Thursday, August 04, 2011
Via RealClear Markets comes a short, amusing send-up of Paul Krugman, the Keynesian economics columnist for the New York Times. I particularly enjoyed this part of the set-up, in which Robert Higgs notes the irony of Krugman's dismissal of his arguments as relying on a "confidence fairy:"
The irony in this dismissal, as others, including my friend Donald Boudreaux, have already pointed out, is that Krugman's own vulgar Keynesianism relies on a much more ethereal explanatory force for its own account of macroeconomic fluctuations–namely, the so-called animal spirits. The master himself wrote in The General Theory: "Thus if the animal spirits are dimmed and the spontaneous optimism falters, leaving us to depend on nothing but a mathematical expectation, enterprise will fade and die. . . . [I]ndividual initiative will only be adequate when reasonable calculation is supplemented and supported by animal spirits. . . ." (p. 162). Because Keynes conceived of his "animal spirits" as "a spontaneous urge to action rather than inaction" (p. 161), he of course had no way to explain their coming and going or to measure or evaluate them in any way. They are as surreal as a ghost -- when and why they come and go, no man knows or can know. Such is the force that drives the ups and downs of private investment in Keynesian economic theory, and such theory unfailingly drives Krugman's commentaries on the recession and on the possibility and effective means of recovery from it. [link omitted, minor format edits]And do go on to read the punchline, in which Keynes's "animal spirits" are revealed to be, if anything, a reflection of the assessments of people in the marketplace of the general hospitality of the political and economic situation to the conduct of their affairs. (Higgs notes that Keynes does not sufficiently acknowledge a rational basis for these evaluations.) Thus Krugman not only advocates a discredited theory, he does so ignorantly of the theory itself.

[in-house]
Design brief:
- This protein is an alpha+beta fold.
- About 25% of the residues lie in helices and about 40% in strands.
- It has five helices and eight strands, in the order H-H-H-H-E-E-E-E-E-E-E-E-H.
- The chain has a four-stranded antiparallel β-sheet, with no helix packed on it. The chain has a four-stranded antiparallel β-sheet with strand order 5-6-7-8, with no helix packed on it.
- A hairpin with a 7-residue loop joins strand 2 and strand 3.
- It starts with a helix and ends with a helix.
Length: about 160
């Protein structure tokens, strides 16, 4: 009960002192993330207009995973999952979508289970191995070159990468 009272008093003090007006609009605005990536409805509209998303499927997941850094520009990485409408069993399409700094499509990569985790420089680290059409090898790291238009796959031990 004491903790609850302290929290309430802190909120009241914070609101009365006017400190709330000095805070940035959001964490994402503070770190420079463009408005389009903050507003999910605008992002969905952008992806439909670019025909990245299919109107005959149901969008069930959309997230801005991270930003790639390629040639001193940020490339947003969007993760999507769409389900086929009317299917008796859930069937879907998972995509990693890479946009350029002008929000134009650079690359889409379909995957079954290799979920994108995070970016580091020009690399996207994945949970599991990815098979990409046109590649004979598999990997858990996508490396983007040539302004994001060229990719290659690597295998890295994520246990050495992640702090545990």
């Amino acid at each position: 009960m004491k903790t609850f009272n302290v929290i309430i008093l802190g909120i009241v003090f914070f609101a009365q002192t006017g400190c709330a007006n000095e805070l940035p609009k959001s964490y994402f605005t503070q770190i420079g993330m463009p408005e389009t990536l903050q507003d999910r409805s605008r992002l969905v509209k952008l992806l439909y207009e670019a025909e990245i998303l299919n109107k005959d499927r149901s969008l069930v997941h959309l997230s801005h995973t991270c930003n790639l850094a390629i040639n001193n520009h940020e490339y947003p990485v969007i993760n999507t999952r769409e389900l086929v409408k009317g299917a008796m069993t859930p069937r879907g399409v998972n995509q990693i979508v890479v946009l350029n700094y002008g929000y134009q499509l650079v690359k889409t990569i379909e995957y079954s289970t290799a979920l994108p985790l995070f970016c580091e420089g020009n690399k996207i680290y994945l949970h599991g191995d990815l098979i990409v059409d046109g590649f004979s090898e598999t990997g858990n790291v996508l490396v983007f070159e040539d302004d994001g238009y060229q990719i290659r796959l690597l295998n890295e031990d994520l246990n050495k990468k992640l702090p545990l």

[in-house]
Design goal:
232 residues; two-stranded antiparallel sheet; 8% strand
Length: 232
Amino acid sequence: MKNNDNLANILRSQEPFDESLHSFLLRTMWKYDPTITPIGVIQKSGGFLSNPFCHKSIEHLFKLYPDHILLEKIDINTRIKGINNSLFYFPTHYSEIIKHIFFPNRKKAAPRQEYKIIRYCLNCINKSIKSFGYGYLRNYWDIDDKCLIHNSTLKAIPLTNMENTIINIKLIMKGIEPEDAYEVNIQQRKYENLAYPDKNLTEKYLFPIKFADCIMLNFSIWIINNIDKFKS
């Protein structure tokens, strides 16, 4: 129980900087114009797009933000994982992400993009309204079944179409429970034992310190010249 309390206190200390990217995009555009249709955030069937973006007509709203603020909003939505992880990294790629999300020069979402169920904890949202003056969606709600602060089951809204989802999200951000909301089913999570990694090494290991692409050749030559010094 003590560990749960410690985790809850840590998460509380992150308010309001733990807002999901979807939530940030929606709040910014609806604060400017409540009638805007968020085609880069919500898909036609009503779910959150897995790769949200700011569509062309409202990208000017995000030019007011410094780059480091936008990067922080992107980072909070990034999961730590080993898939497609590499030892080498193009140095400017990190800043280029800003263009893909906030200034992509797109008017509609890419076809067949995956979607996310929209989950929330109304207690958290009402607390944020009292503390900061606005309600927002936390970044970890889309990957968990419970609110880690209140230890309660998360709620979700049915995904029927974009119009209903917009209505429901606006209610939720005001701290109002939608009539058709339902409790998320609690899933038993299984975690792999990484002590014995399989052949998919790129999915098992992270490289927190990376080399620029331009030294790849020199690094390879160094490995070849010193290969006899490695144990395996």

Caught on the nanny (state) cam: The Feds have conducted an armed raid of a health food store for selling raw milk. I don't advocate the consumption of unpasteurized dairy products, but it is not the proper function of the government to dictate how people feed and care for themselves any more than it is to make people pay for the same.
The problem, being cultural, was inevitable, but an interesting item I learned from a recent Christopher Hitchens piece is that joining the EU hastened the Islamization of Turkey by subordinating its military to civilian control. This is yet another example of how merely imitating the institutional arrangements of a Western-style republic is not enough to protect individual rights.
James Taylor of the Heartland Institute argues that new NASA data "blows a hole" in AGW "alarmism." This may well harm the case for AGW, but it is in the nature of the alarmist to ignore or explain away data that indicate that there is no cause for alarm. This is part of why I regard it as a waste of time, past a certain point, to argue against global warming (assuming that it isn't happening) without also at least bringing up the idea that it would be improper for the government to do anything even if global warming were occurring. [Update: A reader emails me with a piece that is far less enthusiastic about the paper discussed by Taylor. It starts off with this: "The hype surrounding a new paper by Roy Spencer and Danny Braswell is impressive (see for instance Fox News); unfortunately the paper itself is not."]
Today: Added update to last section on AGW.